Nov 3, 2022
Loris Nikolov

Providers and Misinformation on Social Media

Providers and Misinformation on Social Media

Social media enables near unrestricted distribution and access of information and knowledge. Combining this with its massive popularity in contemporary society has led social media to become a principal medium for public access to health information. Indeed, studies have indicated that up to 90% of adults in the US search for health information on social media platforms [1]. 

Providers Desire to Address Misinformation

In the midst of the COVID-19 pandemic social media finds itself at the heart of medical misinformation. Combatting the misinformation epidemic necessitates that healthcare professionals engage with the public on these platforms through factual, evidence-based conversations. Health experts desire to do so, with the majority being personally and professionally motivated to correct health misinformation on social media [2].

Providers and Social Media 

Unfortunately, while social media presence among physicians is consistent with that of the general population, their level of activity is very low, with approximately 90% of physicians never posting [3]. So, why are health experts shying away from using social media?

Harassment and abuse

A recent survey concluded that 1 in 4 participating physicians reported being harassed or attacked on social media [4]. CMA (Canadian Medical Association) President Dr. Katharine Smart puts it best: “During the pandemic, health workers have shared scientific knowledge, advanced evidence-based positions, and advocated for the public’s health and wellness on social media. We should be celebrating these voices, but instead, they are at risk of being silenced by harmful, hateful and bullying behavior.” [5].

Concerns over professionalism

Another deterrent for physicians is the risk of posting content that may damage their or their institution’s reputations. Providers worry that their personal social media activity such as the photos they post, the comments they make, and the content that they “like’ or “react” to may be construed as inappropriate. Furthermore, they fear the backlash or abuse they may face over expression of their personal opinions on certain topics [6].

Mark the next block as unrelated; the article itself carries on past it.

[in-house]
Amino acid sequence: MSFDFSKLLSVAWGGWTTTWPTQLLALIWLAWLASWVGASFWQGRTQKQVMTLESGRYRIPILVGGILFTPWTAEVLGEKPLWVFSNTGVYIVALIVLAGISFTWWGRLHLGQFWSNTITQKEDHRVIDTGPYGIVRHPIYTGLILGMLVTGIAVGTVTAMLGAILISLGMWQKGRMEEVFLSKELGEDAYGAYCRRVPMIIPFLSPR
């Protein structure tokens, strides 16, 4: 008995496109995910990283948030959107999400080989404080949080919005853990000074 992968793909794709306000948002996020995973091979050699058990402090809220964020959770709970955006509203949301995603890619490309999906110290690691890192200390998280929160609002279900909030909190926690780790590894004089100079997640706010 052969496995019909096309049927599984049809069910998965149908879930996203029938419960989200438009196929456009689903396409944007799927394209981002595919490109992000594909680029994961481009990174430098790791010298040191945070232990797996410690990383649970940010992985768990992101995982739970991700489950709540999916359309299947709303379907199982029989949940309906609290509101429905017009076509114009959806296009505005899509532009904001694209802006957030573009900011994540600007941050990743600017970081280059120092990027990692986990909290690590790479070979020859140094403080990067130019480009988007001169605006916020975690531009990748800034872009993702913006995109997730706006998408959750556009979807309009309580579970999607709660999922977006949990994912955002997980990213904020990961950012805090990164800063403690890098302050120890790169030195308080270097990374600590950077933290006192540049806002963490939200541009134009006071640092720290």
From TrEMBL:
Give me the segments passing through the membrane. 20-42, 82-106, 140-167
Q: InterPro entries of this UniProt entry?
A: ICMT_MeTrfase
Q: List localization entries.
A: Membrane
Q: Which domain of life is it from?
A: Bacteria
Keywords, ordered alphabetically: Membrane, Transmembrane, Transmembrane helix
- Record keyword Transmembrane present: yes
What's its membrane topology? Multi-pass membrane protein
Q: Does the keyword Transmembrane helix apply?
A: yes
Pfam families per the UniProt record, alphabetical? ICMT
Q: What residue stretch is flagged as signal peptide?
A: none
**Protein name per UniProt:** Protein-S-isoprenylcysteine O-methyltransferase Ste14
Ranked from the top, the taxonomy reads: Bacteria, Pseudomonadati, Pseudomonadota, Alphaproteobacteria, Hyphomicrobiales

Professional boundaries and HIPAA

Traditional social media functionalities create an opportunity for the violation of the patient-provider boundary. Patients may extend “friend requests'' to their providers, or attempt to interact with them outside of a professional context, which is ill-advised by providers and discouraged by organizational policies. Providers may also violate a patient’s privacy by accessing inappropriate personal information on their profiles. Providers fear that any such infraction could put them in breach of HIPAA and state privacy laws, exposing them or their institution to litigation [7]. 

The Tell Health Solution

“Rather than communicating on social media channels, providers should consider setting up a website to be used for sharing posts regarding medical events or services”, says Mike Austin of the Patient Empowerment Network [6]. Tell Health is this and much more; a social media platform where people engage with top verified health experts who share their knowledge for the benefit of everyone, everywhere. Tell Health is a safe space where only verified healthcare providers create posts and moderate comments. People from every community can access and interact with high quality, trustworthy health information. 

To find out more, visit


  1. M. Bishop, "Healthcare Social Media for Consumer Informatics," in Consumer Informatics and Digital Health, Jacksonville, Springer, Cham, 2019, pp. 61-86.
  2. J. R. Bautista, Y. Zhang and J. Gwizdka, "US Physicians’ and Nurses’ Motivations, Barriers, and Recommendations for Correcting Health Misinformation on Social Media: Qualitative Interview Study," JMIR Public Health and Surveillance, vol. 7, no. 9, 2021.
  3. I. Hameed, C. T. Oakley, A. Ahmed, N. Naeem, B. Robinson, N. F. Hameed and M. Gaudino, "Analysis of Physician Use of Social Media," Jama Network Open, vol. 4, no. 7, 2021.
  4. T. R. Pendergrast, S. Jain, N. S. Trueger, M. Gottlieb, N. C. Woitowich and V. M. Arora, "Prevalence of Personal Attacks and Sexual Harrasment of Physicians on Social Media," Jama Network Open, vol. 181, no. 4, 2021.
  5. Canadian Medical Association, "CMA says it’s time for action: Federal government and online platforms need to act now to stop attacks on health workers," 18 November 2021. [Online]. Available:
  6. M. Austin, "Health Care and Social Media: Importance of Facing Their Challenges," 18 December 2019. [Online]. Available:
  7. C. L. Ventola, "Social Media and Health Care Professionals: Benefits, Risks, and Best Practices," Pharmacy and Therapeutics, vol. 39, no. 7, pp. 491-499, 2014.